Determined to make it to the end of the week without a direct confrontation for fear of not being paid, I put on my superficial customer service face the ten years of restaurant work had taught me. I mostly smiled and nodded and talked about food to change the conversation. If talking about cooking the fish they catch can steer the conversation away from treating service class workers as subhumans or yelling about the wolf hunt getting canceled early after its most devastating year on record back to just their fishing season, it was a merciful change. When I didn’t nod in agreement with their childishly selfish politics or contribute more to the conversation they got suspicious and more hostile. To make matters worse we were doing block work which I had very little experience in. Mike had never asked during my interview if I laid block. As the week progressed, he would disparage and complain and riddle for things I had never done before, things I told him I’d never done but was willing to be trained in. They clearly didn’t have much interest in training.

By the end of Friday, I could tell that despite working my ass off and my very intentionally non confrontational can do attitude, I was clearly not well liked by anyone other then Jared. When I went to speak to Mike and handing him my w2 information before collecting my pay he started the conversation with “Look I don’t want you discussing your pay with Jared. Now I know you said you didn’t lay block but you are doing the same work as him.” I then told him that I had told Jared on the first day what he was paying me. This irritated Mike. He then I was really gonna have to kick it up. I asked if I hadn’t worked hard enough. He said it wasn’t that but I’d really need to step it up with drain tiles but that he’d likely have to dock my pay anyway. He told me to meet them there Monday to start a drain title. I had no intention of making it.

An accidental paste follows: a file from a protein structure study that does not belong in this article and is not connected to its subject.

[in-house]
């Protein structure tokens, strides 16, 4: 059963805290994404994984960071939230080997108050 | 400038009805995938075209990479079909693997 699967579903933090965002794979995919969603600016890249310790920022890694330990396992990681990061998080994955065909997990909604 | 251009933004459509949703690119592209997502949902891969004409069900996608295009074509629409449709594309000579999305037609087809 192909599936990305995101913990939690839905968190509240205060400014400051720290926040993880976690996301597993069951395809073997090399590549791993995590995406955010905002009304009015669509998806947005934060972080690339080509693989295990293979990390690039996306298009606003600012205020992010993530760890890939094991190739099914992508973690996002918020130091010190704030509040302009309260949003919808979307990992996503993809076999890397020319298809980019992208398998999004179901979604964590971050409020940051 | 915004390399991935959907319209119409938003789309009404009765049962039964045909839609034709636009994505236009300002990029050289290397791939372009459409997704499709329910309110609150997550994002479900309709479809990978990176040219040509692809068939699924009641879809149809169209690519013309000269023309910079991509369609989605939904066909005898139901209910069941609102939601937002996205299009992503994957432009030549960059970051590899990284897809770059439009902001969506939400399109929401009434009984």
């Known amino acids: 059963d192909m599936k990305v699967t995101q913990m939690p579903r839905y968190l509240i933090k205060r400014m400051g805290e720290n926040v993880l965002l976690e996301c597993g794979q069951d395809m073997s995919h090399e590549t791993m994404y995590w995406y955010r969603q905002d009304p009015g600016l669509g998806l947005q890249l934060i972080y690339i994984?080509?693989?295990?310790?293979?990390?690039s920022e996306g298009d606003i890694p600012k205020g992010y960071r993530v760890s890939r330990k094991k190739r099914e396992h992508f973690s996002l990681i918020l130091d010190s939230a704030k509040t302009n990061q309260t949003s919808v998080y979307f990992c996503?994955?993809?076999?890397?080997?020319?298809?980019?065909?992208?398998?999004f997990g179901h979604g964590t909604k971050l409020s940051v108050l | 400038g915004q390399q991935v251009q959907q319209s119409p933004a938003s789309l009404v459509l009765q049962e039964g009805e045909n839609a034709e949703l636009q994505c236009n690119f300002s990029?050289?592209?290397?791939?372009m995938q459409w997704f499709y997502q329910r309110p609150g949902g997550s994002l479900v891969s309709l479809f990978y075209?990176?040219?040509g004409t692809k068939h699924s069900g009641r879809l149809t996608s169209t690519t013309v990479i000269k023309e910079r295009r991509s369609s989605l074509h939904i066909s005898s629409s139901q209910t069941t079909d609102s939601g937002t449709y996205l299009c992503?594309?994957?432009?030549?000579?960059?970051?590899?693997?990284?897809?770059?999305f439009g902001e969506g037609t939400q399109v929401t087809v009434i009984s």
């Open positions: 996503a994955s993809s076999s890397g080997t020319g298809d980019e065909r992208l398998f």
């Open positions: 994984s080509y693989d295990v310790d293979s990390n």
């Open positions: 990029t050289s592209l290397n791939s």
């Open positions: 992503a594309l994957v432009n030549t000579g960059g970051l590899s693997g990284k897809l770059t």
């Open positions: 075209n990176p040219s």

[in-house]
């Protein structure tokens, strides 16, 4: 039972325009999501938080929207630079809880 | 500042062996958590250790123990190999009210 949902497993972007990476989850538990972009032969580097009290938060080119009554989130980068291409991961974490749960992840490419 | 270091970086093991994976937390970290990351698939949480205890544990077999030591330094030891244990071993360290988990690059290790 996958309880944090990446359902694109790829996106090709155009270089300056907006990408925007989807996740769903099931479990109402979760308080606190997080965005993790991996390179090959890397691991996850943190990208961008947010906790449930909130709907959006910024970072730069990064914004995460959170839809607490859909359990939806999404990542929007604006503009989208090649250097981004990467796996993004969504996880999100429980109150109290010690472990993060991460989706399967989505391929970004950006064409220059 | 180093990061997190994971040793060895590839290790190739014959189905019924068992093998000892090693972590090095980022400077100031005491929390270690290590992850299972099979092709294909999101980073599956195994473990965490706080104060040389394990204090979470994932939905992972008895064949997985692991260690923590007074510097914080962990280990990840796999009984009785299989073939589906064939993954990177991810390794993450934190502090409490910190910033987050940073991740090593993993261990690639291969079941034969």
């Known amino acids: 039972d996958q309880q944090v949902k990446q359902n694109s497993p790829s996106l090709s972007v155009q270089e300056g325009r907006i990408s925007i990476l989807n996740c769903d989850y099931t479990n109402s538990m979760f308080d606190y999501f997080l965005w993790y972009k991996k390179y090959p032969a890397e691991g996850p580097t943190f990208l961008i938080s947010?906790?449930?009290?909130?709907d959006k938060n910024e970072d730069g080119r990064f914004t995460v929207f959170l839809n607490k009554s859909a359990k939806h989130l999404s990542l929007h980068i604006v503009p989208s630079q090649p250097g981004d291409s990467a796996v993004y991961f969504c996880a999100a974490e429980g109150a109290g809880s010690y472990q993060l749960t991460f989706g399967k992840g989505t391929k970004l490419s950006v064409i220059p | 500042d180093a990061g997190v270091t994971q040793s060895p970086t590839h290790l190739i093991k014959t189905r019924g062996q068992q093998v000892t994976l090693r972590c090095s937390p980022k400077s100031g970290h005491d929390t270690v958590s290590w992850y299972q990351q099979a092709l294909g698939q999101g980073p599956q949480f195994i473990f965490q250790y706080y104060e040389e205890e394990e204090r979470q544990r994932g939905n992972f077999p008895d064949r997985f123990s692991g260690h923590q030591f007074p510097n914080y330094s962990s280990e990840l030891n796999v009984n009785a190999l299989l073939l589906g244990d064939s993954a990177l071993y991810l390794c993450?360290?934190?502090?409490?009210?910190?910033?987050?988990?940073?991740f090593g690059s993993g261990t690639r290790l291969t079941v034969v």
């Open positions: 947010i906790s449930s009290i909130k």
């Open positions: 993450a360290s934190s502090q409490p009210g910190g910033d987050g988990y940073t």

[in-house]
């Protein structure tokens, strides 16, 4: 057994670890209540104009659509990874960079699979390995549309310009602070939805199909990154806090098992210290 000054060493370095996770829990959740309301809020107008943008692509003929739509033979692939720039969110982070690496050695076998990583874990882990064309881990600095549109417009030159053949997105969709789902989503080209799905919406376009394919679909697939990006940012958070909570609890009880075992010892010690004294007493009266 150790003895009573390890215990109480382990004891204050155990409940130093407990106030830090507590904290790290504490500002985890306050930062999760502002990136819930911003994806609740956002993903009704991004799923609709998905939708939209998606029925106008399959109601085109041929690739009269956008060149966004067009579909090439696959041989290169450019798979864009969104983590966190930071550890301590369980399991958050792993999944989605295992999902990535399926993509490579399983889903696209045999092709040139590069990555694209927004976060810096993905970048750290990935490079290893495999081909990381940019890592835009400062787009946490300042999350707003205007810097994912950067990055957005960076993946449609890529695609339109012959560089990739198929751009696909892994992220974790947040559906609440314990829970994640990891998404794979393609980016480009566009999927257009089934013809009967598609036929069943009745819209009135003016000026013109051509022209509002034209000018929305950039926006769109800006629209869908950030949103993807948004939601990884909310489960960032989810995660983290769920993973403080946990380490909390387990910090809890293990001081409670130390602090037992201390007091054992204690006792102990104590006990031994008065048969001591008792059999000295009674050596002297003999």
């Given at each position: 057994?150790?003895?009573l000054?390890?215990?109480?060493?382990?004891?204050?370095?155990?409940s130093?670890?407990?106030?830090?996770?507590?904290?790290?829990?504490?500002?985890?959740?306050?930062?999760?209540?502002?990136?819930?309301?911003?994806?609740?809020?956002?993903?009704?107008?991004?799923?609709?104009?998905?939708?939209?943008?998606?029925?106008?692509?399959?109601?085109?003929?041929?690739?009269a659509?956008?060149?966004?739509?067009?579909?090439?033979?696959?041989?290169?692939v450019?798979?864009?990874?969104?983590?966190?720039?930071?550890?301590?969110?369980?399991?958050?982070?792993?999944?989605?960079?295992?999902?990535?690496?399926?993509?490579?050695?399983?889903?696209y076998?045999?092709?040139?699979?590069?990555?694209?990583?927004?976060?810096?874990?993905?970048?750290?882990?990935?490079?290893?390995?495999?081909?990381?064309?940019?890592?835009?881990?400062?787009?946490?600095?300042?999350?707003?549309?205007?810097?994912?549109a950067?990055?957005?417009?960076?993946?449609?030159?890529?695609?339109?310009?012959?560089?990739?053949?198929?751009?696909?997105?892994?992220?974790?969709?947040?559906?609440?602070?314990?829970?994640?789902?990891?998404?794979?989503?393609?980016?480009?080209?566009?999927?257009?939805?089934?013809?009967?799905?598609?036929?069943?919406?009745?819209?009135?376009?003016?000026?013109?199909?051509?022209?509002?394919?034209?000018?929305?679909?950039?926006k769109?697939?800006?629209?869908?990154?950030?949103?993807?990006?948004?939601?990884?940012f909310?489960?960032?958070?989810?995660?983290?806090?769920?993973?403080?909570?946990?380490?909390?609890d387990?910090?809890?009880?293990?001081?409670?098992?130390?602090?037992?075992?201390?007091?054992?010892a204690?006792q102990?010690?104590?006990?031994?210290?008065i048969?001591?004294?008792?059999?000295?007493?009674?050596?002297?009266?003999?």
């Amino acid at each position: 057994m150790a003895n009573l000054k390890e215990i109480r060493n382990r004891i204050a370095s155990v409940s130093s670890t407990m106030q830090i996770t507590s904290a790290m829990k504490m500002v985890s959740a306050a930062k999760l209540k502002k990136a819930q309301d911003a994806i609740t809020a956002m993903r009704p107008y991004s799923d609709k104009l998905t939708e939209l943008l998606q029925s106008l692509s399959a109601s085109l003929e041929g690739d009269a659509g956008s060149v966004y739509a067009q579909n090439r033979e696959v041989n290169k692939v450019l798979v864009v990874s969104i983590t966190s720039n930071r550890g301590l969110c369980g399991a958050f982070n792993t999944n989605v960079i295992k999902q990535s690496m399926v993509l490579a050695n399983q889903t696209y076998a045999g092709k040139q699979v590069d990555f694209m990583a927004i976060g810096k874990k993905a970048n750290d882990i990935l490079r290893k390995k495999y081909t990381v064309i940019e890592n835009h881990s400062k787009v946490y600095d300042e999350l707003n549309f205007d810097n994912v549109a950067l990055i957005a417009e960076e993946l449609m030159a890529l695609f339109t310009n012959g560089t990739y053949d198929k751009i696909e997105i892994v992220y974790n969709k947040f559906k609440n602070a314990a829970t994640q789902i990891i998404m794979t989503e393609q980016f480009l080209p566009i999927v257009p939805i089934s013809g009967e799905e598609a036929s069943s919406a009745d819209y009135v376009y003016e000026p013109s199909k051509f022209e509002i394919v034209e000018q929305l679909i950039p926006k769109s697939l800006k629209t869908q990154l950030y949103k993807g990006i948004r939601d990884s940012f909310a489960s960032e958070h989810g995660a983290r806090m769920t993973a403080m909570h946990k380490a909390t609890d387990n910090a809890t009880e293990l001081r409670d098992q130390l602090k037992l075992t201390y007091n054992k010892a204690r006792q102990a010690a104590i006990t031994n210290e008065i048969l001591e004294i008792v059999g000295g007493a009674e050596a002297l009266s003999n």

Now, even with all this, working in the land of Craigslist and Indeed subcontractor work, I can let this go if they pay me what’s promised.

Before I took this job, I was told it would be full time and that if we left a site early we will be paid for the day. They told me I’d be paid for the week on friday. I was told I would be paid 23 an hour. I was therefore expecting a gross pay of $920. When I got to my car and opened the envelope I found a near comically handwritten check with whiteout marks and rewrites telling me my gross pay was 678.50. Disappointment then immediately anger welled up in me. I pulled out my phone to do the math while the boss Mike waited in his truck across the street for me to leave. I imagine fucking people over like this has rendered disgruntled employees in the past to steal equipment as compensation, behaviour he clearly expected from me– not that I’d want any of his garbage equipment! Even if they weren’t including that final Friday in pay, my gross pay should have come out to $736. As I pulled out to leave I gave the boss the super fake ass see ya never wave, he drove off as Ieft. I no-call, no-showed them on Monday. For the average worker under contractors it’s often the only empowering move to make. It has been a couple of weeks now and I still haven’t received my missing wages.

The Twin Cities Solidarity Network is a mutual defense group of workers and tenants doing direct action to support workers in struggles with bosses and landlords, and helping to organize workplace and tenant committees and unions. Our construction committee is a group of rank and file construction workers, both union and non-union, from multiple trades who are committed to building worker power across the industry.

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Twin Cities Solidarity Network

Solidarity network in the Twin Cities of Minnesota.